Modern Life Speed Without Direction
The situation of modern man can be compared to a traveler on Mumbai’s local trains. Imagine you struggle to enter a crowded train, and surprisingly you get a place to sit. To begin a conversation with the strange-looking, dazed passenger seated next to you, you ask him, “Sir, where is this train headed to?” He thinks deeply and says, “I don’t know.” Surprised you ask him, “Well sir, where do you want to go?” He again ponders over and reflects, “Actually I am not sure where I wish to get down.” Your surprise now turns into curiosity, “Well, my dear friend, if you don’t know where the train is heading to and where you wish to go, why did you enter this crowded train?” He then confesses to you, “I was standing on the railway platform and saw many people fight to enter this train. I thought this is an important activity and so I entered the train.” What would you call such a person?
We too enter life’s rat race MBA’s, IIT’s, IAS, business in a similar way, but when asked about why we have chosen this career option, our answer reveals that we did this because many people do it. The underlying principle is the glamour of money. But can money be a reasonable goal? People with an abundance of wealth are still miserable, for money is just a means of happiness; it can’t on its own give happiness. Besides, money is like a painkiller it doesn’t satisfy the deep needs of the soul. The world is rushing at top speed, seeking pleasures and success, little knowing what actually the enduring solution for happiness is. It’s like a pilot announcing during take-off, “Ladies and gentleman, we will be flying at 1000 km/hr, but I am sorry to say we don’t know where we are going.” Similarly modern man is rushing to the office and back, has deadlines and a 16-hour work schedule, but unfortunately does not have the slightest idea of where he is heading to and what the goal of his life is.
Returning Home the Permanent Solution for Happiness
Our desire to experience happiness is justifiable because each soul is divine and pleasure-seeking. The Vedanta-sütra describes each living entity as pure and entitled to permanent pleasure, obtained from reconnecting to God. However, human beings are implored not to seek happiness through either our temporary body or through the fleeting pleasures offered by the transient material world.
Our seeking happiness in this world is compared to a person looking for water in a desert. In a desert, a thirsty man may find a trickle of water, but this water can hardly satisfy him. Instead by drinking these few drops of water, he feels more agitated. Unlimited water, however, exists outside the desert, and that can satisfy the thirsty man permanently. The happiness of this world is like a water trickle in a desert, which can never satisfy us but increases our craving for more. Real unlimited happiness exists outside this desert-like material world, in the spiritual abode of God, which is our eternal home.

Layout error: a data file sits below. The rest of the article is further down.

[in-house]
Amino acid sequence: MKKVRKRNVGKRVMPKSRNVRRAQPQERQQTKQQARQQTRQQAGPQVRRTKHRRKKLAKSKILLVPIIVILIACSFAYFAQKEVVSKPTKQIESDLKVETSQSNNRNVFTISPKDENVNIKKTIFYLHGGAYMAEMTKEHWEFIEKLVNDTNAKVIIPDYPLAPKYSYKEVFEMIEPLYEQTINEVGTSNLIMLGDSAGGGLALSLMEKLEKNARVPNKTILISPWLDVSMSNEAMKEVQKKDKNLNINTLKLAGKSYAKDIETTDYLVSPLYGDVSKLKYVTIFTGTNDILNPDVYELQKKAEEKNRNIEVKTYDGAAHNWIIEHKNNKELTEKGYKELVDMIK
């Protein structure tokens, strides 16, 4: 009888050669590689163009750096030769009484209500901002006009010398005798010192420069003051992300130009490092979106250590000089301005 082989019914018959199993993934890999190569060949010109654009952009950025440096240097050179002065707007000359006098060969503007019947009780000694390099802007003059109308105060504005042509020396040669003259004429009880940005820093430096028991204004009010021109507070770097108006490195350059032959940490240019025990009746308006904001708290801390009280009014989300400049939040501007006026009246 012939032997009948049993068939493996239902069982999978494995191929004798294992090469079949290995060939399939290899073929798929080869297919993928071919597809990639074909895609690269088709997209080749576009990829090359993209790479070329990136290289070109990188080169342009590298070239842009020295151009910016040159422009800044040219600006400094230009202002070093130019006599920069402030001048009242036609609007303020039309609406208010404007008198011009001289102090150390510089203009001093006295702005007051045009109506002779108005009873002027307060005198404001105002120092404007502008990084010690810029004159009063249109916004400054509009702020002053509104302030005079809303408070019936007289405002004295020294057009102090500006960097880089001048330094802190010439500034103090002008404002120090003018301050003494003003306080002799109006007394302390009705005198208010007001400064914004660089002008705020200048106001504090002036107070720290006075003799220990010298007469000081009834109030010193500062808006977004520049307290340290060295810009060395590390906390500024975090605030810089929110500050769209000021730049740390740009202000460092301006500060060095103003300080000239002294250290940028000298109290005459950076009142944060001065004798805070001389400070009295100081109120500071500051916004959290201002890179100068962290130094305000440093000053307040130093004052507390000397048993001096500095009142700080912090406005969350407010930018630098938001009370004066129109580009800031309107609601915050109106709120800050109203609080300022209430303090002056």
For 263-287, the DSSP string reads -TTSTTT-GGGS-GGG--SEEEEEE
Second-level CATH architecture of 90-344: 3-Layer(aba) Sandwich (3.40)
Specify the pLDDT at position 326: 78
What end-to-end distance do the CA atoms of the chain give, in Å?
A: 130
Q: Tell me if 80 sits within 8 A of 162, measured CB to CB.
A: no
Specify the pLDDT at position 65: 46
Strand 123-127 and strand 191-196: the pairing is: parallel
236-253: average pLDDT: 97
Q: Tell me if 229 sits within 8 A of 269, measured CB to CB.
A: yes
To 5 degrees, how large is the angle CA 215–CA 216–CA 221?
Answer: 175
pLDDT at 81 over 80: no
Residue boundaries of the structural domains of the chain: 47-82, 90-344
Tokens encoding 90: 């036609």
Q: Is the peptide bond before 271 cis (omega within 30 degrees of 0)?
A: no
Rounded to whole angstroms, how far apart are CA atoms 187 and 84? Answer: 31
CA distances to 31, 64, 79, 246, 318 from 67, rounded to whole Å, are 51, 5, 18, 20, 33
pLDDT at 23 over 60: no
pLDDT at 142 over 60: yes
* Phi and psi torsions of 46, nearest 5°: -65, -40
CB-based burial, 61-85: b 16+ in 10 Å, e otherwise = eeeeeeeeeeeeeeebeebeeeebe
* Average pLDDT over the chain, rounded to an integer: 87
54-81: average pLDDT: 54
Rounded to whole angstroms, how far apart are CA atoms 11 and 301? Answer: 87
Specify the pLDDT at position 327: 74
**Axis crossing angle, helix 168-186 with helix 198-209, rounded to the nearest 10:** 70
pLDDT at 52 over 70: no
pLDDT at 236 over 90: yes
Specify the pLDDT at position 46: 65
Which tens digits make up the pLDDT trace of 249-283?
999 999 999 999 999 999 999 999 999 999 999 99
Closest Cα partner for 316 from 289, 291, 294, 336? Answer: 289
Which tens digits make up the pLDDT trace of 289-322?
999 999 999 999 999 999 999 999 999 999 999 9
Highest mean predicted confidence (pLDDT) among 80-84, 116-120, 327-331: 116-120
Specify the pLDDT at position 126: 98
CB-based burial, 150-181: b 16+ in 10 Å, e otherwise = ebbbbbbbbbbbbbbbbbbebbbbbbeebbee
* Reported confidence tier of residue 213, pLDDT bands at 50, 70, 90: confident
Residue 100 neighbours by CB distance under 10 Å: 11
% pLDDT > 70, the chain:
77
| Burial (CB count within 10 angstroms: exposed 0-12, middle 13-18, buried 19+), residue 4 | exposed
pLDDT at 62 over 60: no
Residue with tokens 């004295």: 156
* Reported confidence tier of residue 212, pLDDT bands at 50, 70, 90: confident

This world has been described in the Bhagavad-gita as duhkhalayam asasvatam, “miserable and temporary.” Alaya in Sanskrit means “a place,” and duhkha means “distress.” For example, pustakalaya means a place where you get pustaka, or books (in other words, a library), and bhojanalaya is a place where you get bhojana, or food. One would not expect to get books on philosophy or science from a bhojanalaya, nor would one ask for a pizza in a pustakalaya. Similarly in duhkhalaya, one gets only duhkha. This world has been rubber-stamped by the Supreme Personality of Godhead, Lord Krsna in the Bhagavad-gita as miserable and temporary. Once we accept this harsh reality of this world, then our anxieties to seek happiness from the temporary things of this world gradually wanes.
The Bhagavad-gita and other Vedic scriptures further recommend us to revive our eternal relationship with our supreme father, God, and become truly happy. Our situation is like that of a young, rebellious and lost child who has abandoned his billionaire parents to live in the ghettos, languishing in poverty. Just as a father eagerly awaits his child’s return to home, God also eagerly awaits our exercising of our free will to return back to Him. A charitably disposed person may come and give a lost child food, clothes, television, etc. This is compared to the scientific advancement and sense gratification (S of SMS). Another man may come and pep the child with inspirational talk and encourage him to be positive. This is akin to the mental speculation and “positive attitude” theories that address the pain of sadness only superficially. Another man may encourage the child to perform some ritual püja or go to a tantric baba for happiness. This is compared to the third of the superficial solution, namely rituals and religion performed superficially. None of the three well-intentioned benefactors have done complete justice to the lost child. The SMS solutions offered by society for a person seeking happiness, is temporary; a person remains dissatisfied even after receiving all these benefits, just like the lost child. A fourth person appears on the scene and takes the child back to his billionaire parents. Such a person provides food, clothes and shelter to the child on the way home; he also encourages him with sweet words.
A teacher of God consciousness encourages all to seek happiness through connection to God. The lost child on his way home is excited and happy to meet his father, and similarly a human being is spiritually surcharged and blissful as he is endeavoring to go back home to his eternal parent God even as he continues to render his duties in this world. Our existence in this world then becomes a springboard for an eternal life in the spiritual world.